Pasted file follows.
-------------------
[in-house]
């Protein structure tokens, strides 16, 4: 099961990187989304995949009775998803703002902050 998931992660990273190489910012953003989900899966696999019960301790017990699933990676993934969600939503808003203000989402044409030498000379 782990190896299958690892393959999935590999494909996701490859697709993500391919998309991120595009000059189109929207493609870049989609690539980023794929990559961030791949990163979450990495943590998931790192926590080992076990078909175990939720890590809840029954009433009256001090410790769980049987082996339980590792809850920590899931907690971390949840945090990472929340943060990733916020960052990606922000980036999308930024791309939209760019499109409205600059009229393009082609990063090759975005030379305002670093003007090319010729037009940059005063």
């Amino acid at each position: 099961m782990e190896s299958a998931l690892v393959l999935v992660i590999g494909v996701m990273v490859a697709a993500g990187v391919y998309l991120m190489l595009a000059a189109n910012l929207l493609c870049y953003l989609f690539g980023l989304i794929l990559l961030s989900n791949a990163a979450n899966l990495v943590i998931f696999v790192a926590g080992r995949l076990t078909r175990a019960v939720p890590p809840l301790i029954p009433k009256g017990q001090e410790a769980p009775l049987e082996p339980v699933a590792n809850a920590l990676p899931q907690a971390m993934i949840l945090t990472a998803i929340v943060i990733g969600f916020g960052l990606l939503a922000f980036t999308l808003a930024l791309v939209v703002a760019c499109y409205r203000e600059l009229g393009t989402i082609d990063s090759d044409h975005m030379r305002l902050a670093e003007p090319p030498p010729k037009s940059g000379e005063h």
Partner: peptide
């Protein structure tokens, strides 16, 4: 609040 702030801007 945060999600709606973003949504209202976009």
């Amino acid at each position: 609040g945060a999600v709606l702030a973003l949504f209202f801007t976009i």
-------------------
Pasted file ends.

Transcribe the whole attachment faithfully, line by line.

[in-house]
């Protein structure tokens, strides 16, 4: 099961990187989304995949009775998803703002902050 998931992660990273190489910012953003989900899966696999019960301790017990699933990676993934969600939503808003203000989402044409030498000379 782990190896299958690892393959999935590999494909996701490859697709993500391919998309991120595009000059189109929207493609870049989609690539980023794929990559961030791949990163979450990495943590998931790192926590080992076990078909175990939720890590809840029954009433009256001090410790769980049987082996339980590792809850920590899931907690971390949840945090990472929340943060990733916020960052990606922000980036999308930024791309939209760019499109409205600059009229393009082609990063090759975005030379305002670093003007090319010729037009940059005063």
């Amino acid at each position: 099961m782990e190896s299958a998931l690892v393959l999935v992660i590999g494909v996701m990273v490859a697709a993500g990187v391919y998309l991120m190489l595009a000059a189109n910012l929207l493609c870049y953003l989609f690539g980023l989304i794929l990559l961030s989900n791949a990163a979450n899966l990495v943590i998931f696999v790192a926590g080992r995949l076990t078909r175990a019960v939720p890590p809840l301790i029954p009433k009256g017990q001090e410790a769980p009775l049987e082996p339980v699933a590792n809850a920590l990676p899931q907690a971390m993934i949840l945090t990472a998803i929340v943060i990733g969600f916020g960052l990606l939503a922000f980036t999308l808003a930024l791309v939209v703002a760019c499109y409205r203000e600059l009229g393009t989402i082609d990063s090759d044409h975005m030379r305002l902050a670093e003007p090319p030498p010729k037009s940059g000379e005063h």
Partner: peptide
């Protein structure tokens, strides 16, 4: 609040 702030801007 945060999600709606973003949504209202976009």
């Amino acid at each position: 609040g945060a999600v709606l702030a973003l949504f209202f801007t976009i």